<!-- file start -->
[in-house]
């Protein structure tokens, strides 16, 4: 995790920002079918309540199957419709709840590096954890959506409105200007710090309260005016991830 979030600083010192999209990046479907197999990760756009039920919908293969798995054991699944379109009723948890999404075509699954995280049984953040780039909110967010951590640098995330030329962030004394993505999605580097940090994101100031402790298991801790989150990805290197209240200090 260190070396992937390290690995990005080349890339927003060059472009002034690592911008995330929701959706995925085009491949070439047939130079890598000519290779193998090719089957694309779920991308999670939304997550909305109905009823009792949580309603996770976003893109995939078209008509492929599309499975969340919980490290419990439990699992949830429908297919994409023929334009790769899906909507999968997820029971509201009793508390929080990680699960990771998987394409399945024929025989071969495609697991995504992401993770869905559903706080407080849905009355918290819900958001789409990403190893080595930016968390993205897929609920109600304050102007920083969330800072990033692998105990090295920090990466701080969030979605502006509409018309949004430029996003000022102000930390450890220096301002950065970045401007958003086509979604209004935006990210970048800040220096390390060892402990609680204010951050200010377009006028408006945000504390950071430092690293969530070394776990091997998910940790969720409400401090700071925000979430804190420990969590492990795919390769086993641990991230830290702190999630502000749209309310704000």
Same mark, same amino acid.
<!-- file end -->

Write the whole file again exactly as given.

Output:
[in-house]
């Protein structure tokens, strides 16, 4: 995790920002079918309540199957419709709840590096954890959506409105200007710090309260005016991830 979030600083010192999209990046479907197999990760756009039920919908293969798995054991699944379109009723948890999404075509699954995280049984953040780039909110967010951590640098995330030329962030004394993505999605580097940090994101100031402790298991801790989150990805290197209240200090 260190070396992937390290690995990005080349890339927003060059472009002034690592911008995330929701959706995925085009491949070439047939130079890598000519290779193998090719089957694309779920991308999670939304997550909305109905009823009792949580309603996770976003893109995939078209008509492929599309499975969340919980490290419990439990699992949830429908297919994409023929334009790769899906909507999968997820029971509201009793508390929080990680699960990771998987394409399945024929025989071969495609697991995504992401993770869905559903706080407080849905009355918290819900958001789409990403190893080595930016968390993205897929609920109600304050102007920083969330800072990033692998105990090295920090990466701080969030979605502006509409018309949004430029996003000022102000930390450890220096301002950065970045401007958003086509979604209004935006990210970048800040220096390390060892402990609680204010951050200010377009006028408006945000504390950071430092690293969530070394776990091997998910940790969720409400401090700071925000979430804190420990969590492990795919390769086993641990991230830290702190999630502000749209309310704000």
Same mark, same amino acid.